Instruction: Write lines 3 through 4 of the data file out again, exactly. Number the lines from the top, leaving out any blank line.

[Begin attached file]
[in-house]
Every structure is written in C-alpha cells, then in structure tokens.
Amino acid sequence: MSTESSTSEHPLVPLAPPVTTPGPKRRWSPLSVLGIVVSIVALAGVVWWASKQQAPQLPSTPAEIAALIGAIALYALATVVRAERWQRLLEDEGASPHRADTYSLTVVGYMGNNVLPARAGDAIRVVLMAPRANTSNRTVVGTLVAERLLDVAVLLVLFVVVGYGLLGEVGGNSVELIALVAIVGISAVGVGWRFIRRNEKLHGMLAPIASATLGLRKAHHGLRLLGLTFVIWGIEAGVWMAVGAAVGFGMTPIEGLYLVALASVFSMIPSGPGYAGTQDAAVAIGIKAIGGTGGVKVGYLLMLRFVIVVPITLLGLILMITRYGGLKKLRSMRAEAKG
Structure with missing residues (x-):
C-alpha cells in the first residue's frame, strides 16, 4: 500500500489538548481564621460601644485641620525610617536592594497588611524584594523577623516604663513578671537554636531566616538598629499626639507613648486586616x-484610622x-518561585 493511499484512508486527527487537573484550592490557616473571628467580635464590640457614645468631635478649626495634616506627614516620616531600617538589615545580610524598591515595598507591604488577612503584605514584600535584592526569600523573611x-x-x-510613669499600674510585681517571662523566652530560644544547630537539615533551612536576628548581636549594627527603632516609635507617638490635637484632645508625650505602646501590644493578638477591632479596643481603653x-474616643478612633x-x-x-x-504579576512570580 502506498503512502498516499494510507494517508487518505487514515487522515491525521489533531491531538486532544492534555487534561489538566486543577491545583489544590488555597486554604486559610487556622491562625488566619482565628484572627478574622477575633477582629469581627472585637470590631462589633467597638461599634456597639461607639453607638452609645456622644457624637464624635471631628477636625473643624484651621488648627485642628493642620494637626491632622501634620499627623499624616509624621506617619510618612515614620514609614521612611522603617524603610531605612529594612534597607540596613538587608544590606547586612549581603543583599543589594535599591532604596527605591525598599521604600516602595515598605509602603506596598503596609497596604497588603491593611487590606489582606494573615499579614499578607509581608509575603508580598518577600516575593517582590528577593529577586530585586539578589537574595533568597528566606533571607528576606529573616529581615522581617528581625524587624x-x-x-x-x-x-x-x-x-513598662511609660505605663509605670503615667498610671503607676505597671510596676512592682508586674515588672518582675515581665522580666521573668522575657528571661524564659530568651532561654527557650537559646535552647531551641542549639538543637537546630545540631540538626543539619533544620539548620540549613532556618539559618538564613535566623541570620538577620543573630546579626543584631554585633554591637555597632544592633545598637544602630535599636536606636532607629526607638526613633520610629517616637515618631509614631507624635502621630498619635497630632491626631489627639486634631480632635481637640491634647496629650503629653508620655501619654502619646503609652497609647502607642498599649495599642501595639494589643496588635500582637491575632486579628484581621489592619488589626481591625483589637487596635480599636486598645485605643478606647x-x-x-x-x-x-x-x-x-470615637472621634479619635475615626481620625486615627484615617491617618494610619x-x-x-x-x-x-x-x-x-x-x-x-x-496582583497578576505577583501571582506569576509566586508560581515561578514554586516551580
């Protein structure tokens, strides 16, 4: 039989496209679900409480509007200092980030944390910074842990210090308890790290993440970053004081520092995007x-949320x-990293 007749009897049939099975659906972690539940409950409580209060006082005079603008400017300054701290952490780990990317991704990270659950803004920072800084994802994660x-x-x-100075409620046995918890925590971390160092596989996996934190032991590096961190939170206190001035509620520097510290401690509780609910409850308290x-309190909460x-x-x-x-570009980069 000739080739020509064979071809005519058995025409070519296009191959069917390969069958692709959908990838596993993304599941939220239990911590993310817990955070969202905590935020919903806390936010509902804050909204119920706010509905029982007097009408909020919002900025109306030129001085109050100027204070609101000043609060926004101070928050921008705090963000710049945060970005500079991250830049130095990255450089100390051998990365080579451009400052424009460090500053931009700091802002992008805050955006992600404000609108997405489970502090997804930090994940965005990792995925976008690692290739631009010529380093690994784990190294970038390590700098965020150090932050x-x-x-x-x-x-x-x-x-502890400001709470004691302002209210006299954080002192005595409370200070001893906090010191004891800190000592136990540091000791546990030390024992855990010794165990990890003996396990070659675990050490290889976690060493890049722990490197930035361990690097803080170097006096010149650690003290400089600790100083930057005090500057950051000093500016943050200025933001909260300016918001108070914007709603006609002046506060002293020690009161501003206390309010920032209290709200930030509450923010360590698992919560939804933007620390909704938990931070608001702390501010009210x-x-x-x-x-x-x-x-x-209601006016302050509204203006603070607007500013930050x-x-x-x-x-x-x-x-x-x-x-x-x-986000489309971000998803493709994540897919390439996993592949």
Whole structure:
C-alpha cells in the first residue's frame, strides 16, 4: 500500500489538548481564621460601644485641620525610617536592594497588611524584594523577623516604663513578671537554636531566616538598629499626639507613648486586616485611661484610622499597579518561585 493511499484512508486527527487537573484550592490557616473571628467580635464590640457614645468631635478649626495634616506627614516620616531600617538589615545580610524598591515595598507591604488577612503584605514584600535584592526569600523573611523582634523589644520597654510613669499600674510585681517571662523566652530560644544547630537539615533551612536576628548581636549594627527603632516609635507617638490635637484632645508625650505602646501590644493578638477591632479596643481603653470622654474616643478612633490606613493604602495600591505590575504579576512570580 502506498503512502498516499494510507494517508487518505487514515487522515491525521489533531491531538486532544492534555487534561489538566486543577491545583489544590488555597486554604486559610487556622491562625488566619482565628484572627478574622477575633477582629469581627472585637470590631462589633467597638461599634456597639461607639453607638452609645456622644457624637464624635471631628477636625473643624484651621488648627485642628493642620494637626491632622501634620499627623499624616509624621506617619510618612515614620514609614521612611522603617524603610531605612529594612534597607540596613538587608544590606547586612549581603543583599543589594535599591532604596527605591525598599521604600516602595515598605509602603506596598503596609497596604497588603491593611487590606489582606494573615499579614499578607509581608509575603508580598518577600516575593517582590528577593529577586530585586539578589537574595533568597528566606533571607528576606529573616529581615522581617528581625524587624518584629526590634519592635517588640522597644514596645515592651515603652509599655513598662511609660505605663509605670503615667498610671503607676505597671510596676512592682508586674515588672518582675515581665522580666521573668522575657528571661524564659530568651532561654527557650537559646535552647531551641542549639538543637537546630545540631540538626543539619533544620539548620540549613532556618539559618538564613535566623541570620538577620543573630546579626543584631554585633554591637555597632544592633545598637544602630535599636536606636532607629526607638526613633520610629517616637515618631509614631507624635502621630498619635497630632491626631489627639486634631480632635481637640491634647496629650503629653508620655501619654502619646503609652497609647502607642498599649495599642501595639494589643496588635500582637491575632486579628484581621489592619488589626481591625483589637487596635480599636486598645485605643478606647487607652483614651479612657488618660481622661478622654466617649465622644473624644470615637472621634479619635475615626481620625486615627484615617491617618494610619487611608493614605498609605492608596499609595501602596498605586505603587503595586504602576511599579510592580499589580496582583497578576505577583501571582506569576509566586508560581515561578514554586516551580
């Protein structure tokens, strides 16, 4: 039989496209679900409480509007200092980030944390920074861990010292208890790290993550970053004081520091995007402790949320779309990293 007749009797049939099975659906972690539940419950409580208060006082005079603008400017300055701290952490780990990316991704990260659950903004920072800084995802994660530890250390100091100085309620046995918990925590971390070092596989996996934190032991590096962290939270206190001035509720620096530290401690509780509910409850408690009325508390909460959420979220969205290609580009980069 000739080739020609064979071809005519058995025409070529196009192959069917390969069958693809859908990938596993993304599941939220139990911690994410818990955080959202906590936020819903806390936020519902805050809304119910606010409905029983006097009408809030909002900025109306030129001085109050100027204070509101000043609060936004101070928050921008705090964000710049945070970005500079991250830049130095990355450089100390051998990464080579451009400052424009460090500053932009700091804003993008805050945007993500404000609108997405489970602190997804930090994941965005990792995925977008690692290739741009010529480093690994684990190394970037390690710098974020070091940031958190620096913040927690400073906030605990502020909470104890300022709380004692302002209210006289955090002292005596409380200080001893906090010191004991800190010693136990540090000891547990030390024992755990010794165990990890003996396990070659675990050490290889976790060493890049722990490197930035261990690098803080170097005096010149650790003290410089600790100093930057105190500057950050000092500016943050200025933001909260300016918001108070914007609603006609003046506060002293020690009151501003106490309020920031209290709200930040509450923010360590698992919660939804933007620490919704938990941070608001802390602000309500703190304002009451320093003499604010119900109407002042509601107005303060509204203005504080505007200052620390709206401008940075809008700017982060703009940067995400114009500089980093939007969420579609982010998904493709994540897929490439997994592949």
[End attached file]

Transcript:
Amino acid sequence: MSTESSTSEHPLVPLAPPVTTPGPKRRWSPLSVLGIVVSIVALAGVVWWASKQQAPQLPSTPAEIAALIGAIALYALATVVRAERWQRLLEDEGASPHRADTYSLTVVGYMGNNVLPARAGDAIRVVLMAPRANTSNRTVVGTLVAERLLDVAVLLVLFVVVGYGLLGEVGGNSVELIALVAIVGISAVGVGWRFIRRNEKLHGMLAPIASATLGLRKAHHGLRLLGLTFVIWGIEAGVWMAVGAAVGFGMTPIEGLYLVALASVFSMIPSGPGYAGTQDAAVAIGIKAIGGTGGVKVGYLLMLRFVIVVPITLLGLILMITRYGGLKKLRSMRAEAKG
Structure with missing residues (x-):